24 May 2024

Canberra storyteller connects tale of heroic proportions - from the other side of the world

| Sally Hopman
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Kaaron Warren presents the HMS Jervis Bay autograph book to Kevin Reeves and his wife.

Kaaron Warren presents the HMS Jervis Bay autograph book to Trevor Reeves and his wife at their home in Hull, in the UK. Photo: Supplied.

Canberra writer Kaaron Warren is no stranger to mystery through her fantastic stories. But this time, thanks to her dogged research skills, it was someone else’s book that told a remarkable tale.

Kaaron worked at the Green Shed’s Civic shop for many years and was a fan for even longer. During the popular recycling shop’s last days of business, she came across a particular book.

“For a while, the [warehouse] staff had been sending in diaries, papers, leaflets and booklets in the knowledge they would find a happy home with our customers in the city,” she said. “When this book came in, I was fascinated by it.”

Kaaron said she often took items home so she could research them and tell customers about them. This one piqued her interest immediately when she discovered it was an autograph book containing notes and signatures from passengers aboard HMS Jervis Bay in 1929.

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A report at the time stated: “The ship was utilised in the war, to the extent it became a hero ship, going down with the loss of many lives but, in the process, saving more.”

When Kaaron realised the book’s significance, she contacted Trevor Reeves from the HMS Jervis Bay Association. It turns out Trevor’s grandfather was one of the casualties.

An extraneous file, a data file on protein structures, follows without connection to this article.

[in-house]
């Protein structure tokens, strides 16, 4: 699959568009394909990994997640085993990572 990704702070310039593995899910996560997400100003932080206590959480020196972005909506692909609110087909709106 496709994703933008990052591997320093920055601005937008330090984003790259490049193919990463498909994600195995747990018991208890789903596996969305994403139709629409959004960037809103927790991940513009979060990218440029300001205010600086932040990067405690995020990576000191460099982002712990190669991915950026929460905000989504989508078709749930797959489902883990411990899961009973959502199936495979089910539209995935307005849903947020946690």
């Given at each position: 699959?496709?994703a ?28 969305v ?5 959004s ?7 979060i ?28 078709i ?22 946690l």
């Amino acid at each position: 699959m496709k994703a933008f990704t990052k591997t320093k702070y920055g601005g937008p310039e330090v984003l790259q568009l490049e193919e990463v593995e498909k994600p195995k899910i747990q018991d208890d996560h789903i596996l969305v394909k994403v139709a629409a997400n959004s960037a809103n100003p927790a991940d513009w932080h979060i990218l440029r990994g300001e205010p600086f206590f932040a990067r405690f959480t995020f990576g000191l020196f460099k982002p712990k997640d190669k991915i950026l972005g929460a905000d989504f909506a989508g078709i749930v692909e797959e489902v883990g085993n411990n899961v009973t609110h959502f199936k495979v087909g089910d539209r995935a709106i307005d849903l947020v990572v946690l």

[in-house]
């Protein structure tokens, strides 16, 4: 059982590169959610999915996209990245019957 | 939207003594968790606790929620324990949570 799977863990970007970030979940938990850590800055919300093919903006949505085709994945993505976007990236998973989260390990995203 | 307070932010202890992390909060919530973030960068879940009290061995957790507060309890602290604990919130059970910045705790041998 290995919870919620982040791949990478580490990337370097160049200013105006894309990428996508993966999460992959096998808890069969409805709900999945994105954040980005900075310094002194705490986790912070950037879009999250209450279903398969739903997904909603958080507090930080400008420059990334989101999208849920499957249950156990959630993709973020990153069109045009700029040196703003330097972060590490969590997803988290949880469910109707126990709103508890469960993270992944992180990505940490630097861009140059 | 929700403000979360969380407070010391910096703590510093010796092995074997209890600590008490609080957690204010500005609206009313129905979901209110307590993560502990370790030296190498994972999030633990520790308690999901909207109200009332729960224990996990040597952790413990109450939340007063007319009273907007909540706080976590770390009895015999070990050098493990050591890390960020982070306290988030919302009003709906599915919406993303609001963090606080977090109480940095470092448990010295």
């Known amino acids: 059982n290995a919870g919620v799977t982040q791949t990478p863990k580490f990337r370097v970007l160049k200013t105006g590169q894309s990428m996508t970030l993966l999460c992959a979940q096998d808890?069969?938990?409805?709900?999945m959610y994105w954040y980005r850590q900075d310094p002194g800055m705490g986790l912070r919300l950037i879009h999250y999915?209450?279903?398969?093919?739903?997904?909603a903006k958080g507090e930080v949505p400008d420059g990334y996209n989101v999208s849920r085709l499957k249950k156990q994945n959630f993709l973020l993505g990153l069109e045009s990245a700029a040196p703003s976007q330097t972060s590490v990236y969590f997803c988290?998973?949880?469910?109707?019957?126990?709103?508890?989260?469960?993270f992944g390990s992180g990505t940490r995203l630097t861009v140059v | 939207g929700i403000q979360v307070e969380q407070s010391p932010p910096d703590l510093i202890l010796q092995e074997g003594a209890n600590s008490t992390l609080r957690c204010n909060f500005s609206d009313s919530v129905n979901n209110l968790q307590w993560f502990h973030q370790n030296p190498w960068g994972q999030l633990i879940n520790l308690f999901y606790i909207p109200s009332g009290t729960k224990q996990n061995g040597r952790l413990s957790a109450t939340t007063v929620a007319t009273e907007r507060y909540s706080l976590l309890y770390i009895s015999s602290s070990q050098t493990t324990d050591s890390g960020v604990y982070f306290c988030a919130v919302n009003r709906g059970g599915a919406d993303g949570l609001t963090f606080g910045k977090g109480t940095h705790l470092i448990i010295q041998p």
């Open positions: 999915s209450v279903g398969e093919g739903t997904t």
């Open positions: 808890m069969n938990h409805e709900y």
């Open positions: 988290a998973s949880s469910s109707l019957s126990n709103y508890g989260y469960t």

HMS Jervis Bay remains remembered today for many reasons, not least her indomitable captain and crew. The British liner was later converted into an armed merchant cruiser.

Launched in 1922, she was sunk on 5 November, 1940 by the German battleship Admiral Sheer, earning Captain Edward Fegan the only known Victoria Cross for escort duty.

“[Jervis Bay] did not have a chance, and we all knew it,” Captain Sven Olan, commander of the Swedish freighter Stureholm, one of the convoy ships, was reported saying at the time.

“But she rode like a hero and stayed to the last.”

Drawing of ship

An illustration of HMS Jervis Bay from the 1929 autograph book. Photo: Supplied.

“As I write stories inspired by objects, my latest novel The Underhistory was inspired by a box of old postcards, I knew I wanted to take it further” Kaaron said.

Told of the HMS Jervis Bay album, Green Shed’s co-owner Sandie Parkes agreed the book should be given to Kevin who lived in the United Kingdom.

Fortunately, Kaaron was scheduled to head to the UK on a book tour and told Trevor she would post the box from the UK.

old album cover

The HMS Jervis Bay autograph album found at the Green Shed and taken to the UK to give to the family of one of the seamen. Photo: Supplied.

“But when we decided to go to York, which is only an hour from Hull [where Trevor lives], I knew I would have to deliver it in person.”

How did Trevor react on receiving the autograph book?

“He was absolutely blown away and more so as he delved into the book and really came to terms with what was happening.

“I felt the same way, to be honest. I was a very long way from home, delivering an important, meaningful object to a very dedicated man.”

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